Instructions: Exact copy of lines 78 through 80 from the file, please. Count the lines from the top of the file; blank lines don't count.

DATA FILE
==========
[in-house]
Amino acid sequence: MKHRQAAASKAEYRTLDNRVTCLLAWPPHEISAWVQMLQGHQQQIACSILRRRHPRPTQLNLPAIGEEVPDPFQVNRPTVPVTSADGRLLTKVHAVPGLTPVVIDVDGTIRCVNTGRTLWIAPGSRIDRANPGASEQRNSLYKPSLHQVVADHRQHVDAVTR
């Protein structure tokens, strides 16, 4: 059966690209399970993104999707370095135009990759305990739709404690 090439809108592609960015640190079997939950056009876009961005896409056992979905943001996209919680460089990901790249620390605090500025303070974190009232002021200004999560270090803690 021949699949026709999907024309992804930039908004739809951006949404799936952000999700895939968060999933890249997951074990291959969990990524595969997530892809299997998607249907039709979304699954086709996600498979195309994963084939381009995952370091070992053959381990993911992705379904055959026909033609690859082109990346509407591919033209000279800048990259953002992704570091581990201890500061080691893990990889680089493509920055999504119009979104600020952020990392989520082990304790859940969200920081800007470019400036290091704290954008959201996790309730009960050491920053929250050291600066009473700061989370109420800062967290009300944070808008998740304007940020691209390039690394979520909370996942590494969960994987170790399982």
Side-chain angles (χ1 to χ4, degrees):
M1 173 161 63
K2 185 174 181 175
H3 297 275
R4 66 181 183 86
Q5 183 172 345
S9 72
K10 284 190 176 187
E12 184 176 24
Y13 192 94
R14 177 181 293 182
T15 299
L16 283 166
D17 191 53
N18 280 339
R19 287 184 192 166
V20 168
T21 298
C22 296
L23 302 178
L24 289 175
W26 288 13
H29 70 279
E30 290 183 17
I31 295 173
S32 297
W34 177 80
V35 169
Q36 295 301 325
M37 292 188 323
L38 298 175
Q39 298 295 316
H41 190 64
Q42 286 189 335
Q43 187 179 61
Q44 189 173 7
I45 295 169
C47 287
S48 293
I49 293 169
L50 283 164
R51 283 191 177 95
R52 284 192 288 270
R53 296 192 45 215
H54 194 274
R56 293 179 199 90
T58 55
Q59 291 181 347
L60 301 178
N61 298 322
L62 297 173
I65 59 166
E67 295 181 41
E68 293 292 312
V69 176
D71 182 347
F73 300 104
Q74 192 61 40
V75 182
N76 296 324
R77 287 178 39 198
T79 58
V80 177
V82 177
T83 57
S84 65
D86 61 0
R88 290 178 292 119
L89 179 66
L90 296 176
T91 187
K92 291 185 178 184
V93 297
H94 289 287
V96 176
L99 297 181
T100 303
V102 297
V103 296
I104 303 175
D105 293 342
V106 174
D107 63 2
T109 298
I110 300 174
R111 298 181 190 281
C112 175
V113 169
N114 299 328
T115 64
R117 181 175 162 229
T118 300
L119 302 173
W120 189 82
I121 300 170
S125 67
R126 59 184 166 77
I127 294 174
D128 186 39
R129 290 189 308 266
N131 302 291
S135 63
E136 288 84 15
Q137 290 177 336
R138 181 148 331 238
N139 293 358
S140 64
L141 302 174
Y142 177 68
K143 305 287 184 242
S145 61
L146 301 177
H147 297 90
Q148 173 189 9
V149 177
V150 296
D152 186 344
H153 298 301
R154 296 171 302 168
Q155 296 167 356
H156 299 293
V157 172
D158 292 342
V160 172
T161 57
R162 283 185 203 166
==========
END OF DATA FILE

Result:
V96 176
L99 297 181
T100 303